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Australian store charges customers a $5 'just looking' fee

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#76 morebaker

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Posted 27 March 2013 - 23:02

well if you charged me 5$ to walk in to your store i would keep on going
i always patronise small business if possible
Quality is better @ mom and pop stores
i do not mind paying extra per pound for a better product


#77 Mark

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Posted 27 March 2013 - 23:10

If people were going elsewhere to buy the products she sold, she's probably charging too much.

#78 +hedleigh

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Posted 27 March 2013 - 23:51

Small business owner here. Her tactics are horrible and that is not the way you get customers into your store. Small businesses must and have to go the extra mile. If you don't, you will fail.


That's not what I was saying though. My first post said I disagreed with her position. The post you quoted was about how small business in this country cannot compete price wise with the big companies that Ozgeek was talking about.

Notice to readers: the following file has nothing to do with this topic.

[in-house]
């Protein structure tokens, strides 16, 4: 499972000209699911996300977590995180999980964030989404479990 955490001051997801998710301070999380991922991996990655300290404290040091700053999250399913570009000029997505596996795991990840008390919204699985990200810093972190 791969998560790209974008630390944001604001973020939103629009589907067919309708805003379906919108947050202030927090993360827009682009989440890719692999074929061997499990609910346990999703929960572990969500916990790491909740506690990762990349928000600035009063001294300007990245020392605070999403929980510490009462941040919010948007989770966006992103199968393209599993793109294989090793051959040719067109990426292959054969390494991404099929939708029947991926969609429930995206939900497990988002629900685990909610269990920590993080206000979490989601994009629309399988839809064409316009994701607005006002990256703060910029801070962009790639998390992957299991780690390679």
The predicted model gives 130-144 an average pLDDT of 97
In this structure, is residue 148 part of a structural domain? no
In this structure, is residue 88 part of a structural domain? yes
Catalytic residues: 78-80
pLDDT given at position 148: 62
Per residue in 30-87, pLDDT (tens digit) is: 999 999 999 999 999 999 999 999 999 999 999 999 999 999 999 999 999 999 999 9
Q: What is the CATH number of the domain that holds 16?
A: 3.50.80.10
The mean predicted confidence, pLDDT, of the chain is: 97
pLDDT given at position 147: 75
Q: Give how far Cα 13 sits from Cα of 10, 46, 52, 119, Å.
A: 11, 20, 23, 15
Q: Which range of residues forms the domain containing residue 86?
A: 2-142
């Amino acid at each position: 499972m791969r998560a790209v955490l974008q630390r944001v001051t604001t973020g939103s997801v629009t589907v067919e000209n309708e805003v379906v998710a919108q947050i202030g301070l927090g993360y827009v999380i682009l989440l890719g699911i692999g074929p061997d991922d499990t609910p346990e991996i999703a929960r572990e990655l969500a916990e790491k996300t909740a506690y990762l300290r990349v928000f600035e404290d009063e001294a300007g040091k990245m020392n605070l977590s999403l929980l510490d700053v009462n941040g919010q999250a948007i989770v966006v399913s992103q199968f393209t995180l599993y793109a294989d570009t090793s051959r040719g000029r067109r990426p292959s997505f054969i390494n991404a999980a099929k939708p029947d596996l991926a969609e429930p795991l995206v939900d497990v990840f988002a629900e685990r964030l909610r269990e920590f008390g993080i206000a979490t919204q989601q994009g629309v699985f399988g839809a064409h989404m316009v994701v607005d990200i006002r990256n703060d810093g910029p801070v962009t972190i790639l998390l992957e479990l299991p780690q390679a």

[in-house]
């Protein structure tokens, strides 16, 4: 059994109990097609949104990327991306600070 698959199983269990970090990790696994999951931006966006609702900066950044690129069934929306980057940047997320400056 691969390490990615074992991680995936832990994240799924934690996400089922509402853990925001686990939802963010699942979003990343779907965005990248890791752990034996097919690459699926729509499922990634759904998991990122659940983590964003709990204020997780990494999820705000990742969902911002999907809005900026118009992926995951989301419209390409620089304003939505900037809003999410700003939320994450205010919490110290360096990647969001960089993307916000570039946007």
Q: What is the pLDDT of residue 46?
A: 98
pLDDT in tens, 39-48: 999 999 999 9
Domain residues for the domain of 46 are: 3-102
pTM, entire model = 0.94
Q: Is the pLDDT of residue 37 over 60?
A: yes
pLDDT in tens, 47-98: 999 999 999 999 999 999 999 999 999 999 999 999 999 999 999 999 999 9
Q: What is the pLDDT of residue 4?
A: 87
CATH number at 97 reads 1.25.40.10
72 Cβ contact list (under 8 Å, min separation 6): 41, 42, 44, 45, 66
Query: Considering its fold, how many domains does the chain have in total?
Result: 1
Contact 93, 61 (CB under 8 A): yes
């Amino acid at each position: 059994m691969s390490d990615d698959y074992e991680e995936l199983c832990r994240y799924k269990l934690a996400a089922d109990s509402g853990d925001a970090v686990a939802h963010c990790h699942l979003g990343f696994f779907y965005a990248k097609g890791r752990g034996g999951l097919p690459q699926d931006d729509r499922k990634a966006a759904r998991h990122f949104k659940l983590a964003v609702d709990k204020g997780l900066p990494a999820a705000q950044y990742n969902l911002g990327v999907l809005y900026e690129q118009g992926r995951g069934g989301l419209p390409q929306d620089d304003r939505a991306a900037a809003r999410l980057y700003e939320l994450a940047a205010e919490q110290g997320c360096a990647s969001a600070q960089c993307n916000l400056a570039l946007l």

I agree that the move she has made will be detrimental to her business. I was answering the people that were saying she should price match with them. That is an impossibility in this country.

#79 Growled

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Posted 28 March 2013 - 01:23

If people were going elsewhere to buy the products she sold, she's probably charging too much.


Maybe she can't lower her prices for various reasons. What then?

#80 Yogurtmaster

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Posted 28 March 2013 - 01:42

I am really against this. I would never buy from a store like that. There are times that I go into the store so I can browse and see what they have and see if it fits me and my lifestyle. If I can't browse without buying, they lost any business that I would do with them and I would go somewhere else.

They are just really hurting themselves and they will lose money.

The right answers are....

1) Sell something people want
2) Sell it at a decent price that people can afford
3) Try to be different in the market that you are in that gives you an edge to the customers you want to reach

Treating potential customers like criminals is a bad idea and only helps your competition.

Also, I find it hard to understand how on Earth some people on here are okay with this. If you have half a brain you will stay away from a store like this and they will lose money.

#81 Yogurtmaster

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Posted 28 March 2013 - 01:55

Maybe she can't lower her prices for various reasons. What then?


Finding other ways to make a sale. For example sell online and reduce your overhead. Find a new niche group that you can market to.
Find other additions to the business that make sense in the area of business that she is in.

There are lots of ways to go about this.

#82 Iridium

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Posted 29 March 2013 - 03:03